Pamela, who hopes to train as an aeroplane mechanic, spent three days persuading her mother to let her go to technical college. Nura, meanwhile, likes her overalls, despite the ridicule they provoke. And she doesn't worry that men might find her independence unattractive, or that when she marries, her husband might ban her from working. “I'll talk to my husband in a polite way and make sure he accepts my work,” she tells me. This, after all, is a society with stringent gender-based traditions. “When women pour water for their husbands, they must kneel as a sign of respect,” says Habib. And while sharia law was not imposed in the south of Sudan as it is in the north, its strict code has still restricted women's behaviour; for instance women are not supposed to speak in public. “One of the exciting changes our independence will bring is that women will finally be able to speak freely,” says Habib.
Other equalities, such as increasing numbers of women in the workforce from the current 30 per cent, will inevitably take longer. “It is not easy for men to adjust to the new economic status of women,” warns mechanics teacher Francis Osumba. Juba college, which was built in the 1950s, only began accepting female students in 2005 to study bricklaying, and automechanics in 2008.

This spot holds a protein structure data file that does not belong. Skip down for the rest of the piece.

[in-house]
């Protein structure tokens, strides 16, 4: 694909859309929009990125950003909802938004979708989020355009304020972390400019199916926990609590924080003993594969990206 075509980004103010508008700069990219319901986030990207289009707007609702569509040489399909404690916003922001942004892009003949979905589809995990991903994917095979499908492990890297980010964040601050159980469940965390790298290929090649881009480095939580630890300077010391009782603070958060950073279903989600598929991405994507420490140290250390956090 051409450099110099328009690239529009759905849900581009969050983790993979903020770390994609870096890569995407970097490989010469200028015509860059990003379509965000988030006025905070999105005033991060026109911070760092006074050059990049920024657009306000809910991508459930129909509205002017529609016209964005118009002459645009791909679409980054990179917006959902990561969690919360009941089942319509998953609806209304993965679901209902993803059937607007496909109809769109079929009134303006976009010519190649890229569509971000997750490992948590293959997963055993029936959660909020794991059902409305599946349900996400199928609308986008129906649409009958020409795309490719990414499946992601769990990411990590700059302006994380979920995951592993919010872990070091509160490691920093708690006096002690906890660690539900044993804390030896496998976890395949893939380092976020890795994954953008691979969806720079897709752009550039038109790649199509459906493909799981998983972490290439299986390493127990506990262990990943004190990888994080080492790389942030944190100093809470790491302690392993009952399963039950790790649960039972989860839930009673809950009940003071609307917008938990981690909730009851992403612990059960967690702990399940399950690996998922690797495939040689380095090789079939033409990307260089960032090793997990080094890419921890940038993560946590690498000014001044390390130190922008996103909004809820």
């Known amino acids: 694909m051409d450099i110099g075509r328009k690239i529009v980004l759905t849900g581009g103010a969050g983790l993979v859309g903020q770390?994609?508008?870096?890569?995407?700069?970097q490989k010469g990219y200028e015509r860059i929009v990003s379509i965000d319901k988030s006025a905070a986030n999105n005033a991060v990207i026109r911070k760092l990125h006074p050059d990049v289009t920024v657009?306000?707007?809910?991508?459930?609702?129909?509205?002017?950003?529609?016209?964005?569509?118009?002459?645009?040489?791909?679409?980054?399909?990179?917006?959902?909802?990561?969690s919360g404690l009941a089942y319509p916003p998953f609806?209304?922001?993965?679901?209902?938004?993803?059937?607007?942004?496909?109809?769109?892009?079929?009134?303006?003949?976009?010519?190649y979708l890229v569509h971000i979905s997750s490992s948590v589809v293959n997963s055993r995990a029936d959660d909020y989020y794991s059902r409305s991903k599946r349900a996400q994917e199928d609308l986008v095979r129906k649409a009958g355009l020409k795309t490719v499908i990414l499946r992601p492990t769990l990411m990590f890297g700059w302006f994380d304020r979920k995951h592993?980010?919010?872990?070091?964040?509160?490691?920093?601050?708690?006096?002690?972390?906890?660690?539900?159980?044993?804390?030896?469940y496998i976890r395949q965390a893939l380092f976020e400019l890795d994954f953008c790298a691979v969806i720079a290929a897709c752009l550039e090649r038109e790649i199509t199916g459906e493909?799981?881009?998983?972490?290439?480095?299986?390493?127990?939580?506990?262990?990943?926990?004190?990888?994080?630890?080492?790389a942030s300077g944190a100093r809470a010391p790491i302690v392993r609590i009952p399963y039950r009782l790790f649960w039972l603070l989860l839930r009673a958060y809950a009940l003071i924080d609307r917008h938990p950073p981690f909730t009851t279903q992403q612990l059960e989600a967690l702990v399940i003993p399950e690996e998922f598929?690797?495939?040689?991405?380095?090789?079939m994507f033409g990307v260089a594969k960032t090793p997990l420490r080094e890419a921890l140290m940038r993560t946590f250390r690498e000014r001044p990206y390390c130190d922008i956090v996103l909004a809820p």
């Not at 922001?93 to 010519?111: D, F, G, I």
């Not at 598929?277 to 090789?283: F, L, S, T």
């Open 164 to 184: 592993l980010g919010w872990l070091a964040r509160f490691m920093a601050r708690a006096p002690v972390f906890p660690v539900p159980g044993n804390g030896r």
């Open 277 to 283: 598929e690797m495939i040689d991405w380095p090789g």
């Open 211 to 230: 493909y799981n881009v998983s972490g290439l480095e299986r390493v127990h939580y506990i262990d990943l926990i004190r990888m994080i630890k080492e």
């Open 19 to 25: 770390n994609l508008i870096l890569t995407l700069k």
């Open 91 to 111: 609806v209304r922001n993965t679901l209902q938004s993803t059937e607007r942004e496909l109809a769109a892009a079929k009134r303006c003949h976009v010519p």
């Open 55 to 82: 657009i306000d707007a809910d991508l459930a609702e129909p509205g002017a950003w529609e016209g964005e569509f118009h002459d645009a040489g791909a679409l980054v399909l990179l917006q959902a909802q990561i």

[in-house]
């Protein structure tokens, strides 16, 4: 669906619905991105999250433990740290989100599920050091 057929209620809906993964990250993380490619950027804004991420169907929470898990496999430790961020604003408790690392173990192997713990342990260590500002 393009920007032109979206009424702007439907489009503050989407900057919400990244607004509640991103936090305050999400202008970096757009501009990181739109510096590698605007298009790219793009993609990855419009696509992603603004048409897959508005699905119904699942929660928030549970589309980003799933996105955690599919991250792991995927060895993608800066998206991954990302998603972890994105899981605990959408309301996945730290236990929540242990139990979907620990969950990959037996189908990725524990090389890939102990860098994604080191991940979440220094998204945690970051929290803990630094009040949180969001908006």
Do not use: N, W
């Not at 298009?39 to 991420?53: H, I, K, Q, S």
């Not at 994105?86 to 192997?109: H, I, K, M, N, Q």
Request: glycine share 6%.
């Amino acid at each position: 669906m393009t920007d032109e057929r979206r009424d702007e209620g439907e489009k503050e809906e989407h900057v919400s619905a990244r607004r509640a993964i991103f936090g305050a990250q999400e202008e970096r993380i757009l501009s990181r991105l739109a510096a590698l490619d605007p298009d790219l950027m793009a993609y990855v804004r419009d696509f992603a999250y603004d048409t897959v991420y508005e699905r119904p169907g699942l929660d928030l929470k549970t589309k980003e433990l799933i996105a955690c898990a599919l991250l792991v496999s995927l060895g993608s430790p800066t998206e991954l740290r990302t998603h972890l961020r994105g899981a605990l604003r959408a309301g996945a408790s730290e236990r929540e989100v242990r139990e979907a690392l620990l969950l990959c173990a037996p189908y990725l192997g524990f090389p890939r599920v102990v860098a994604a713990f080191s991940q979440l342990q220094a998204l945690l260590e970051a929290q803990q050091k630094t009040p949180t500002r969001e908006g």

So far the students have mastered welding and engine cleaning, learned the entire anatomy of a car and even been taught how to make tables and chairs using scrap sheets of zinc — despite a poorly equipped workshop.
Nura dismisses these obstacles with touching optimism. Does she worry that male owners of car repair firms will be reluctant to hire a girl? “No,” she says, insisting she will instead be a walking role model when women see her on the street in mechanic's overalls.
Osumba agrees: “The girls want to disprove people who say mechanical work is just for boys. It is not easy for them but they've passed their first and second year exams so why shouldn't they be given the same chance as the males?” Why not, indeed. — © Guardian Newspapers Limited, 2011